Government Accountability

Back-room deals and closed doors are not the stuff of free governments. Our work is making governments more transparent and accountable to citizens.

<p>Back-room deals and closed doors are not the stuff of free governments. Our work is making governments more transparent and accountable to citizens.</p>

PHOENIX—A Yavapai County Superior Court judge has thrown out a lawsuit filed by the Congress, Arizona Elementary School District seeking to have four taxpayers barred from requesting public documents and school records about their children.

Until recently, state and local government interaction with the federal government seemed to consist mostly of local and state officials asking D.C. for more money. As a result, many states, counties and cities have ended up on their backs, hog-tied by federal mandates. What James Madison called our "compound republic" cannot stand unless state and local governments recognize their obligation to join with the people in resisting federal overreach.

In a period when financial markets and institutions have appeared near collapse, the accounting methods used by public employee pensions effectively ignore risk. These accounting methods, which are used by public pensions in Arizona and around the country, allow pension fund managers to assume that high returns can be earned through stocks and other investments without taking any market risk. As a result, the true market value of Arizona pension shortfalls that must be funded by taxpayers is understated by around half of what the pension funds have reported.

When four parents requested public information from the Congress Elementary School District, the district sued them. Goldwater Institute investigative reporter Mark Flatten joined the Mike Broomhead Show on KFYI with details.

PHOENIX—A rural school district in Yavapai County, Arizona, has gone to court to stop four taxpayers from seeking any public records from the district, from suing the district and from filing complaints about the district with state oversight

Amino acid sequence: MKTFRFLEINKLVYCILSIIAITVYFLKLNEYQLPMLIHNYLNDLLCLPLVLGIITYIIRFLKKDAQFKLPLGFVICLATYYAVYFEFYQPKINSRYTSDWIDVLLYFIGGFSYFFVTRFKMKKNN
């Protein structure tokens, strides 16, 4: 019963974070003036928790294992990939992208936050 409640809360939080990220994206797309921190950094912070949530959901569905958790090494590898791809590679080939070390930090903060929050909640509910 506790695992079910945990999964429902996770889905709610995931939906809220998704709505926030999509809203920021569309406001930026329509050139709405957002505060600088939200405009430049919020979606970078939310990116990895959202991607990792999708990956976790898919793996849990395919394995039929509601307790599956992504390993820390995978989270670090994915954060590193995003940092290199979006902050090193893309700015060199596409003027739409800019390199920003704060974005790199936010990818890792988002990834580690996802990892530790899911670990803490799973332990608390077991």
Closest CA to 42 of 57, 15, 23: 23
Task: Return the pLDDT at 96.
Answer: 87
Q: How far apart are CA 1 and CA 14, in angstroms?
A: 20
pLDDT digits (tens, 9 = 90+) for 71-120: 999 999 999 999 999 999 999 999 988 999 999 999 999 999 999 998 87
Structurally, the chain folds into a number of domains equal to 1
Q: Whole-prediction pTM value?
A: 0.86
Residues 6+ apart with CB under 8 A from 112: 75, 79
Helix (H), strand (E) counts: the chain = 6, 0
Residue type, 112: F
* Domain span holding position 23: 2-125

A handful of taxpayers in a small community north of Wickenburg, Arizona are being targeted by the local school district in a lawsuit that asks a judge to declare they have no right to request public records, sue the district, or complain to outside agencies.

The Congress Elementary School District has a history of violating Arizona public records law and other state and federal laws that guarantee parents the right to see school records about their children. These violations have been documented by the state attorney general and the state ombudsman. The violations were brought to attention of state officials over the past decade because of actions by parents and taxpayers such as Jean Warren, Barbara Rejon, Cyndi Regis and Renee Behl-Hoge. At different times, these taxpayers have requested to see various documents widely considered to be basic public records, including agendas and minutes of school board meetings. Rejon, Regis and Behl-Hoge also have asked to see records about their children when they attended school in the district. However, Behl-Hoge’s family no longer lives in Congress and she hasn’t requested to see any school district records in more than six years.

The Goldwater Institute sued the City of Phoenix after the City refused to turn over public documents related to a special tax deal it was making with the Wyndham Hotel. Channel 12 has been covering the story closely and has the latest.

Watch it here

Goldwater Institute attorney Carrie Ann Sitren went live on Channel 3 to explain why the Goldwater Institute sued the City of Phoenix for the release of public records related to a deal the City is making with the Wyndham Hotel in downtown Phoenix.

Watch it here

After arguing in court for the City of Phoenix to release public documents regarding a deal it is making with the Wyndham Hotel, the Goldwater Institute's Carrie Ann Sitren talked to Channel 12 about the lawsuit.

Watch it here

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